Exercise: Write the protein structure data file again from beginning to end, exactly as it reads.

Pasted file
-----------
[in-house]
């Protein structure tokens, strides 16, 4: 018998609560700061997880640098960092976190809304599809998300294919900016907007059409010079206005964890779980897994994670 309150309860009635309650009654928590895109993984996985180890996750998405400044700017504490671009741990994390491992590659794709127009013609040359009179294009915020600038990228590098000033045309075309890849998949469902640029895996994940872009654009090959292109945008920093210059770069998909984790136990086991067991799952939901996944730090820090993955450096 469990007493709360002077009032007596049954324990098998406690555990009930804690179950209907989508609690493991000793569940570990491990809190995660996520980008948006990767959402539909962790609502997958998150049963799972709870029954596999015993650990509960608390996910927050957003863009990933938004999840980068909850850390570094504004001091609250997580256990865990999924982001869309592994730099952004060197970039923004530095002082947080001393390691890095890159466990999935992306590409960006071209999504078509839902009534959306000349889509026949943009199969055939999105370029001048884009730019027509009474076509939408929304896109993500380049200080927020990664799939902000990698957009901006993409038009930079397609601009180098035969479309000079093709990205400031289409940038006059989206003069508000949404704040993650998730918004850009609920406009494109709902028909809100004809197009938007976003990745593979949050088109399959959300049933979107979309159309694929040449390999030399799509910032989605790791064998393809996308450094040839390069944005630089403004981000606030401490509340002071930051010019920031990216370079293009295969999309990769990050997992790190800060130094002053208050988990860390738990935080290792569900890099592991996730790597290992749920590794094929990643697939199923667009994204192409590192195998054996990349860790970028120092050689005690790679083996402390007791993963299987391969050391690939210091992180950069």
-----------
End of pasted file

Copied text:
[in-house]
């Protein structure tokens, strides 16, 4: 018998609560700061997880640098960092976190809304599809998300294919900016907007059409010079206005964890779980897994994670 309150309860009635309650009654928590895109993984996985180890996750998405400044700017504490671009741990994390491992590659794709127009013609040359009179294009915020600038990228590098000033045309075309890849998949469902640029895996994940872009654009090959292109945008920093210059770069998909984790136990086991067991799952939901996944730090820090993955450096 469990007493709360002077009032007596049954324990098998406690555990009930804690179950209907989508609690493991000793569940570990491990809190995660996520980008948006990767959402539909962790609502997958998150049963799972709870029954596999015993650990509960608390996910927050957003863009990933938004999840980068909850850390570094504004001091609250997580256990865990999924982001869309592994730099952004060197970039923004530095002082947080001393390691890095890159466990999935992306590409960006071209999504078509839902009534959306000349889509026949943009199969055939999105370029001048884009730019027509009474076509939408929304896109993500380049200080927020990664799939902000990698957009901006993409038009930079397609601009180098035969479309000079093709990205400031289409940038006059989206003069508000949404704040993650998730918004850009609920406009494109709902028909809100004809197009938007976003990745593979949050088109399959959300049933979107979309159309694929040449390999030399799509910032989605790791064998393809996308450094040839390069944005630089403004981000606030401490509340002071930051010019920031990216370079293009295969999309990769990050997992790190800060130094002053208050988990860390738990935080290792569900890099592991996730790597290992749920590794094929990643697939199923667009994204192409590192195998054996990349860790970028120092050689005690790679083996402390007791993963299987391969050391690939210091992180950069």